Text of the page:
When the orient came to america: contributions from chinese, japanese and korean immigrants
The great battle that would decide the fate of their conquest would be fought in the North. The Monroe Doctrine, once intended to liberate Latin America from the tutelage of the Holy Alliance, was perhaps also intended to protect it from the threat of the Orient.
However, immigrant families were not part of post-war refugee groups, as Villalta refers. Some, such as Fukutaro Serizawa and Matsuo Horie, had arrived in the country with the first Yazawa wave and eventually set up business houses in the capital city. The governmental measures put the Japanese in trouble, who could not exercise any commercial activity, nor could they return to Japan. This circumstance forced the Japanese to make the voluntary decision to move to Ocumare del Tuy. Some nine families with their twenty-three children and another fourteen bachelors, a total of about fifty Japanese moved to that town and abandoned their tents and residences in Caracas. At first,
How Asians came to America
Through the use of primary sources, the article delves into the subject of Japanese immigration to Colombia during the 20th century. It takes up the immigration projects to Cauca, Corinto and the Atlantic Coast, as well as the moment of crisis that the beginning of the Second World War brought about. The analysis extends to the present day and incorporates a reflection on the issue of remittances.
Based on the use of primary sources, the article studies Japanese immigration towards Colombia during the XX Century. It takes into consideration the immigration projects at Cauca and the Atlantic Coast, as well as the crisis triggered by the beginning of the Second World War. The analysis extends until nowadays, and includes a thought on the remittances issue.
“Our constant desire is to supply capital or labor to the developing regions of the world, and to promote the welfare and prosperity not only of the emigrants themselves and of their country of origin, but also of those countries in which they are to settle. To accomplish this we are prepared to extend our untiring efforts” (The Trans-Pacific, 1930, p. 11-12).
Which are the two Latin American countries with the largest Asian descendant populations?
For this and other reasons Japan is one of the countries in the world with the fewest emigrants, with a historical total of less than 1 percent of its current total population. And this same cause explains why Colombia received so few Japanese migrants.
In 1930 the then chancellor declared: “Our desire is to supply capital or labor to the underdeveloped regions of the world and to promote the welfare and prosperity, not only of the emigrants themselves and their homeland, but also of those countries in which they choose to make their homes. To this end we are prepared to extend our unceasing efforts.”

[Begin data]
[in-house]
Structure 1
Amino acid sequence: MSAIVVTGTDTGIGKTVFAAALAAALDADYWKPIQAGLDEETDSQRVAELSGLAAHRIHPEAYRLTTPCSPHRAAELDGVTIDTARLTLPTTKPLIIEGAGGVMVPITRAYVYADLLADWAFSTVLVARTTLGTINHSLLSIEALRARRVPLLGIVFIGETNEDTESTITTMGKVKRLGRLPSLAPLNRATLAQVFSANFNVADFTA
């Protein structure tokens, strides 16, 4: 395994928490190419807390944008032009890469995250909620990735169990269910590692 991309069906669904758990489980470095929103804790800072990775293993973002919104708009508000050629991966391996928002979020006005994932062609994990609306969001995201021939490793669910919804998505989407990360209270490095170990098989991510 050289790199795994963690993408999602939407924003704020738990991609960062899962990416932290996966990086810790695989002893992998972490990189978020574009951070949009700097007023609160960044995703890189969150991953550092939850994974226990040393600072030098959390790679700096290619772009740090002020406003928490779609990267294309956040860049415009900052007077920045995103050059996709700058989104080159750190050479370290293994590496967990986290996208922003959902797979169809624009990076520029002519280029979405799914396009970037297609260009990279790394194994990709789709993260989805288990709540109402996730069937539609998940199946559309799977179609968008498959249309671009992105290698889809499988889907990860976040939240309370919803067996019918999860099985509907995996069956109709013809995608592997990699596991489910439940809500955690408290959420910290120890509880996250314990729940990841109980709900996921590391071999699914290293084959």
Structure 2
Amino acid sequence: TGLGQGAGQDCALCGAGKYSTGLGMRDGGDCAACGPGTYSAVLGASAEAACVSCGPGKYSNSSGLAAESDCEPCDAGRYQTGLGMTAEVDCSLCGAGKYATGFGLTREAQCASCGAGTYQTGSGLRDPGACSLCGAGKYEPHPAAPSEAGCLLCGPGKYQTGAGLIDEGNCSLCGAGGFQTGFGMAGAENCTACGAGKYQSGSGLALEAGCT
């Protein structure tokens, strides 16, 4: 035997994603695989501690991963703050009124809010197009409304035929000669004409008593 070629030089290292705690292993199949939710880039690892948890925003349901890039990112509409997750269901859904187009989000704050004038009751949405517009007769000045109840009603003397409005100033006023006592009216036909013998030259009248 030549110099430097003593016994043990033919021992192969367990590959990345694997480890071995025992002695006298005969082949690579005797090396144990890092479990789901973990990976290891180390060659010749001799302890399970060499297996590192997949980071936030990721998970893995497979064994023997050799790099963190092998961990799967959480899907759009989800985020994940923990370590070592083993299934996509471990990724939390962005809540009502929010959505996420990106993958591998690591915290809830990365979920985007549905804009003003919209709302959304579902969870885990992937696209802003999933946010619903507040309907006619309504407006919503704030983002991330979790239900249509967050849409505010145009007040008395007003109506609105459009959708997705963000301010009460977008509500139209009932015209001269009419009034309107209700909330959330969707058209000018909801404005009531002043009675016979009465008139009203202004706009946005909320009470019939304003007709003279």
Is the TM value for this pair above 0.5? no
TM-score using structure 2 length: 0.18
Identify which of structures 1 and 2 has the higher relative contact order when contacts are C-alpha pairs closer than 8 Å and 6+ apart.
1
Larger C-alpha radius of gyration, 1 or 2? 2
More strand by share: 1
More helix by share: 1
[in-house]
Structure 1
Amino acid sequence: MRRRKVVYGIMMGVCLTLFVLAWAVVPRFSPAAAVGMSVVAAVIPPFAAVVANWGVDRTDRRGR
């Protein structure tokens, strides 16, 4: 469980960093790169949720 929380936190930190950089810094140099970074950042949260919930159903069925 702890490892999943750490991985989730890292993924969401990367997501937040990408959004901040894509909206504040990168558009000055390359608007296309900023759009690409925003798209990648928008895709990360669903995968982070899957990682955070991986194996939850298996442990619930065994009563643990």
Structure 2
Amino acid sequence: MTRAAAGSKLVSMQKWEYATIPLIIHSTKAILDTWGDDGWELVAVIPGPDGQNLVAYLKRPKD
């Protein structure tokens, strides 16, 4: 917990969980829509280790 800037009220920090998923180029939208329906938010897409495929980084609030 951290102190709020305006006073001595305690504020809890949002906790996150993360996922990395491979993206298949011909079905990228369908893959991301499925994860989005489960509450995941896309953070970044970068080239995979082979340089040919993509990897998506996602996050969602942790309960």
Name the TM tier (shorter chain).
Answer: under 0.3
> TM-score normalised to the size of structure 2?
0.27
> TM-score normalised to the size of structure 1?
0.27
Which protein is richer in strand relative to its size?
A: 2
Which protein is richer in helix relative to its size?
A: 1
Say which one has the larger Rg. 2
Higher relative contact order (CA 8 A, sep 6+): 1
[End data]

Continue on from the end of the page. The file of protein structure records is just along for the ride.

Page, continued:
Asian immigration in Latin America
These measures were the result of agreements between the foreign ministers of Argentina, Brazil, Chile, Mexico, the United States, Uruguay, and Venezuela at meetings in Rio de Janeiro. To reinforce the security of all of North and South America, it was also recommended that: The United States ordered the United States to take measures to prevent Asian immigration in Latin America.
For this reason, the Americans ordered the Peruvians to trace, identify and create identification files on all Peruvian-Japanese. In late 1942 and throughout 1943 and 1944, the Peruvian government on behalf of the U.S. Government and the OSS organized and began the mass arrests without warrant, judicial proceedings or hearings and the mass deportation of almost all Japanese and Japanese Peruvians to various U.S. internment camps run by the U.S. Department of Justice in the states of Nevada, New Mexico, Texas, Georgia and Virginia. Among those living in Lima were those living in Lima, Lima, Lima, Lima, Lima, Lima, Lima, Lima, Lima, Lima, Lima, Lima, Lima, Lima, Lima, Lima, Lima, Lima, Lima, Lima, Lima, Lima, Lima, Lima, Lima, Lima, Lima, Lima, Lima, Lima, Lima, and Lima.
Among those living in Lima were those who were noted for their intellectual prowess and assumed leadership positions within the Japanese community, while others achieved financial success due to their economic activities. It was these people, in particular, who decided to make an appeal to the print media, albeit modest and very limited, as a way to achieve their ends.